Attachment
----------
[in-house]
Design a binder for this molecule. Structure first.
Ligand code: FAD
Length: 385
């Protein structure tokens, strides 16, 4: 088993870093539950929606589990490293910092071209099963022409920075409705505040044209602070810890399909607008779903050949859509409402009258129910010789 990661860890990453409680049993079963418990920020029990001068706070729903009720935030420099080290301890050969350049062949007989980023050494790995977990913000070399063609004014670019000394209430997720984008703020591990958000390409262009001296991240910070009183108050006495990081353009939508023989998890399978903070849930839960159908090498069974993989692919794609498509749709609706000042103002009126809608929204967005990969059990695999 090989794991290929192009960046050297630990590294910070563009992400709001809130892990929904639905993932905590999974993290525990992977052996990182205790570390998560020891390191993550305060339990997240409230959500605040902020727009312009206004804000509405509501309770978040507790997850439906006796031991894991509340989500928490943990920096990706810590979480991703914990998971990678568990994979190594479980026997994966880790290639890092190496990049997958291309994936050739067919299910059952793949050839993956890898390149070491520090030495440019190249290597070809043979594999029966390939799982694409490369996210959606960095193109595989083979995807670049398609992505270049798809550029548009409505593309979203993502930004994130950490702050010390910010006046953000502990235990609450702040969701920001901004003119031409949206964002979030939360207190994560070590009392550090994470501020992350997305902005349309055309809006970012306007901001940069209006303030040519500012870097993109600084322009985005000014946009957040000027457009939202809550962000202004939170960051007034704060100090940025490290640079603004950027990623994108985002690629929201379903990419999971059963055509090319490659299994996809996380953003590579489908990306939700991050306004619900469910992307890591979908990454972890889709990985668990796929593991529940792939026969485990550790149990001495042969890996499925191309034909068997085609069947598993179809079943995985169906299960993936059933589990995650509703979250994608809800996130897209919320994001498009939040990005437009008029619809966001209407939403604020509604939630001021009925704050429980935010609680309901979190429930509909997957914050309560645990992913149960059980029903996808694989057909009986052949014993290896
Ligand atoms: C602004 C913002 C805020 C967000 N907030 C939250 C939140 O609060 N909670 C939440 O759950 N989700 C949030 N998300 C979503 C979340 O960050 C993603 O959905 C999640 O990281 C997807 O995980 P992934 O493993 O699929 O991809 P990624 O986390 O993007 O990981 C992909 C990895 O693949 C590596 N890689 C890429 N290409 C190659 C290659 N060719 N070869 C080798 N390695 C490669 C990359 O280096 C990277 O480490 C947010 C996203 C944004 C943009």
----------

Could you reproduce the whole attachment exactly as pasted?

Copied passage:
[in-house]
Design a binder for this molecule. Structure first.
Ligand code: FAD
Length: 385
């Protein structure tokens, strides 16, 4: 088993870093539950929606589990490293910092071209099963022409920075409705505040044209602070810890399909607008779903050949859509409402009258129910010789 990661860890990453409680049993079963418990920020029990001068706070729903009720935030420099080290301890050969350049062949007989980023050494790995977990913000070399063609004014670019000394209430997720984008703020591990958000390409262009001296991240910070009183108050006495990081353009939508023989998890399978903070849930839960159908090498069974993989692919794609498509749709609706000042103002009126809608929204967005990969059990695999 090989794991290929192009960046050297630990590294910070563009992400709001809130892990929904639905993932905590999974993290525990992977052996990182205790570390998560020891390191993550305060339990997240409230959500605040902020727009312009206004804000509405509501309770978040507790997850439906006796031991894991509340989500928490943990920096990706810590979480991703914990998971990678568990994979190594479980026997994966880790290639890092190496990049997958291309994936050739067919299910059952793949050839993956890898390149070491520090030495440019190249290597070809043979594999029966390939799982694409490369996210959606960095193109595989083979995807670049398609992505270049798809550029548009409505593309979203993502930004994130950490702050010390910010006046953000502990235990609450702040969701920001901004003119031409949206964002979030939360207190994560070590009392550090994470501020992350997305902005349309055309809006970012306007901001940069209006303030040519500012870097993109600084322009985005000014946009957040000027457009939202809550962000202004939170960051007034704060100090940025490290640079603004950027990623994108985002690629929201379903990419999971059963055509090319490659299994996809996380953003590579489908990306939700991050306004619900469910992307890591979908990454972890889709990985668990796929593991529940792939026969485990550790149990001495042969890996499925191309034909068997085609069947598993179809079943995985169906299960993936059933589990995650509703979250994608809800996130897209919320994001498009939040990005437009008029619809966001209407939403604020509604939630001021009925704050429980935010609680309901979190429930509909997957914050309560645990992913149960059980029903996808694989057909009986052949014993290896
Ligand atoms: C602004 C913002 C805020 C967000 N907030 C939250 C939140 O609060 N909670 C939440 O759950 N989700 C949030 N998300 C979503 C979340 O960050 C993603 O959905 C999640 O990281 C997807 O995980 P992934 O493993 O699929 O991809 P990624 O986390 O993007 O990981 C992909 C990895 O693949 C590596 N890689 C890429 N290409 C190659 C290659 N060719 N070869 C080798 N390695 C490669 C990359 O280096 C990277 O480490 C947010 C996203 C944004 C943009």